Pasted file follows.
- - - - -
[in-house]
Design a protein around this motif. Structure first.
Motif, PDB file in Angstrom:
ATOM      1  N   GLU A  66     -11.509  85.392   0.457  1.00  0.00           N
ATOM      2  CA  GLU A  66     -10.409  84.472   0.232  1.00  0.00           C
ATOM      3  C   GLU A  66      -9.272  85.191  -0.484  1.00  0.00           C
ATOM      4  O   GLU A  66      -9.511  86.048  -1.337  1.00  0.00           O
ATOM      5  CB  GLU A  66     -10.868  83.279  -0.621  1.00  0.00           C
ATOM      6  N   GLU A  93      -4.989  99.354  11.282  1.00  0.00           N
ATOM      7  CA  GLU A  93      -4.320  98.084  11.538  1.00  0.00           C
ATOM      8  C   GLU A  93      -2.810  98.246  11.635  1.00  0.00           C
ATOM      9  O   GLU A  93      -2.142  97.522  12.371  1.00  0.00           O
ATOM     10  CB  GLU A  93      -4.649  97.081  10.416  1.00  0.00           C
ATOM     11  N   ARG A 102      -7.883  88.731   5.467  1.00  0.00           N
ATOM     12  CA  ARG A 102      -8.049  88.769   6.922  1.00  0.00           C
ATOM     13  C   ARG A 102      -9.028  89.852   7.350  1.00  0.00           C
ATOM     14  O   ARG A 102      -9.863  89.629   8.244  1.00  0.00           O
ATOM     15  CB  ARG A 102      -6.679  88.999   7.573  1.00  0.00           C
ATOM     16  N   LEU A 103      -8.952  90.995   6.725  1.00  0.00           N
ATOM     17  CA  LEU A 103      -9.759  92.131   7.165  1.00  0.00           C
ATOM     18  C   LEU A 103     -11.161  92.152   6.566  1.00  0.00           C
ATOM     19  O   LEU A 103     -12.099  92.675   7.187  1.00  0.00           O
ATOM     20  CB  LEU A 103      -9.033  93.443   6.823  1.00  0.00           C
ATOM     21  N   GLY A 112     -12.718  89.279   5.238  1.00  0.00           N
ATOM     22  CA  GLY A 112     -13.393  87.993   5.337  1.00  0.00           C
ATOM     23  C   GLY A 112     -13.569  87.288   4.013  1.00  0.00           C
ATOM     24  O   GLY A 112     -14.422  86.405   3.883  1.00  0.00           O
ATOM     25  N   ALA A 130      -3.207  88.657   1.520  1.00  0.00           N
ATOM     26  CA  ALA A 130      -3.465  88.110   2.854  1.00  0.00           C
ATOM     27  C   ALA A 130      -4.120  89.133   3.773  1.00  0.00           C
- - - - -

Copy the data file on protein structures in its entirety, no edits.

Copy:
[in-house]
Design a protein around this motif. Structure first.
Motif, PDB file in Angstrom:
ATOM      1  N   GLU A  66     -11.509  85.392   0.457  1.00  0.00           N
ATOM      2  CA  GLU A  66     -10.409  84.472   0.232  1.00  0.00           C
ATOM      3  C   GLU A  66      -9.272  85.191  -0.484  1.00  0.00           C
ATOM      4  O   GLU A  66      -9.511  86.048  -1.337  1.00  0.00           O
ATOM      5  CB  GLU A  66     -10.868  83.279  -0.621  1.00  0.00           C
ATOM      6  N   GLU A  93      -4.989  99.354  11.282  1.00  0.00           N
ATOM      7  CA  GLU A  93      -4.320  98.084  11.538  1.00  0.00           C
ATOM      8  C   GLU A  93      -2.810  98.246  11.635  1.00  0.00           C
ATOM      9  O   GLU A  93      -2.142  97.522  12.371  1.00  0.00           O
ATOM     10  CB  GLU A  93      -4.649  97.081  10.416  1.00  0.00           C
ATOM     11  N   ARG A 102      -7.883  88.731   5.467  1.00  0.00           N
ATOM     12  CA  ARG A 102      -8.049  88.769   6.922  1.00  0.00           C
ATOM     13  C   ARG A 102      -9.028  89.852   7.350  1.00  0.00           C
ATOM     14  O   ARG A 102      -9.863  89.629   8.244  1.00  0.00           O
ATOM     15  CB  ARG A 102      -6.679  88.999   7.573  1.00  0.00           C
ATOM     16  N   LEU A 103      -8.952  90.995   6.725  1.00  0.00           N
ATOM     17  CA  LEU A 103      -9.759  92.131   7.165  1.00  0.00           C
ATOM     18  C   LEU A 103     -11.161  92.152   6.566  1.00  0.00           C
ATOM     19  O   LEU A 103     -12.099  92.675   7.187  1.00  0.00           O
ATOM     20  CB  LEU A 103      -9.033  93.443   6.823  1.00  0.00           C
ATOM     21  N   GLY A 112     -12.718  89.279   5.238  1.00  0.00           N
ATOM     22  CA  GLY A 112     -13.393  87.993   5.337  1.00  0.00           C
ATOM     23  C   GLY A 112     -13.569  87.288   4.013  1.00  0.00           C
ATOM     24  O   GLY A 112     -14.422  86.405   3.883  1.00  0.00           O
ATOM     25  N   ALA A 130      -3.207  88.657   1.520  1.00  0.00           N
ATOM     26  CA  ALA A 130      -3.465  88.110   2.854  1.00  0.00           C
ATOM     27  C   ALA A 130      -4.120  89.133   3.773  1.00  0.00           C